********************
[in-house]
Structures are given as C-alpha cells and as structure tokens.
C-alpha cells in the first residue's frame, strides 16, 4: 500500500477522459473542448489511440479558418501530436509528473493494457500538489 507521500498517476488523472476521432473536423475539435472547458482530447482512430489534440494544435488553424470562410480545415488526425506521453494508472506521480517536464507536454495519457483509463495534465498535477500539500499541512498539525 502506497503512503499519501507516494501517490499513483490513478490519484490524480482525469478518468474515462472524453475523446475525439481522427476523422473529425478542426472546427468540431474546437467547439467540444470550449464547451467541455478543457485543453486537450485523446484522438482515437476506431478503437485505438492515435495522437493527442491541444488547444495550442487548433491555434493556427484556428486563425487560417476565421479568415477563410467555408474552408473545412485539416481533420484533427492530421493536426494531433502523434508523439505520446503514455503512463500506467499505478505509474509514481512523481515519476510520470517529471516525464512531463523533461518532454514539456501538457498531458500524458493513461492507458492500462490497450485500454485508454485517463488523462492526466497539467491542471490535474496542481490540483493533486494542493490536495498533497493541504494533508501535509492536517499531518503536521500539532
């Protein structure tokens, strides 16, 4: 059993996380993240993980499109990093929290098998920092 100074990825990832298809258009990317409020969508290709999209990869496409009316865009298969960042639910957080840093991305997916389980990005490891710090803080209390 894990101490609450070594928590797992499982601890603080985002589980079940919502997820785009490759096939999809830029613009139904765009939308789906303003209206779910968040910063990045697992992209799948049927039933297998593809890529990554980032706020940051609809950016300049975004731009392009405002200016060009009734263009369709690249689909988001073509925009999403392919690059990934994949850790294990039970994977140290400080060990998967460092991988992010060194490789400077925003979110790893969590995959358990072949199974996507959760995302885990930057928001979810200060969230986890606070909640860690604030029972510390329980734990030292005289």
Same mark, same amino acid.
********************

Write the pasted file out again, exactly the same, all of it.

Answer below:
[in-house]
Structures are given as C-alpha cells and as structure tokens.
C-alpha cells in the first residue's frame, strides 16, 4: 500500500477522459473542448489511440479558418501530436509528473493494457500538489 507521500498517476488523472476521432473536423475539435472547458482530447482512430489534440494544435488553424470562410480545415488526425506521453494508472506521480517536464507536454495519457483509463495534465498535477500539500499541512498539525 502506497503512503499519501507516494501517490499513483490513478490519484490524480482525469478518468474515462472524453475523446475525439481522427476523422473529425478542426472546427468540431474546437467547439467540444470550449464547451467541455478543457485543453486537450485523446484522438482515437476506431478503437485505438492515435495522437493527442491541444488547444495550442487548433491555434493556427484556428486563425487560417476565421479568415477563410467555408474552408473545412485539416481533420484533427492530421493536426494531433502523434508523439505520446503514455503512463500506467499505478505509474509514481512523481515519476510520470517529471516525464512531463523533461518532454514539456501538457498531458500524458493513461492507458492500462490497450485500454485508454485517463488523462492526466497539467491542471490535474496542481490540483493533486494542493490536495498533497493541504494533508501535509492536517499531518503536521500539532
């Protein structure tokens, strides 16, 4: 059993996380993240993980499109990093929290098998920092 100074990825990832298809258009990317409020969508290709999209990869496409009316865009298969960042639910957080840093991305997916389980990005490891710090803080209390 894990101490609450070594928590797992499982601890603080985002589980079940919502997820785009490759096939999809830029613009139904765009939308789906303003209206779910968040910063990045697992992209799948049927039933297998593809890529990554980032706020940051609809950016300049975004731009392009405002200016060009009734263009369709690249689909988001073509925009999403392919690059990934994949850790294990039970994977140290400080060990998967460092991988992010060194490789400077925003979110790893969590995959358990072949199974996507959760995302885990930057928001979810200060969230986890606070909640860690604030029972510390329980734990030292005289």
Same mark, same amino acid.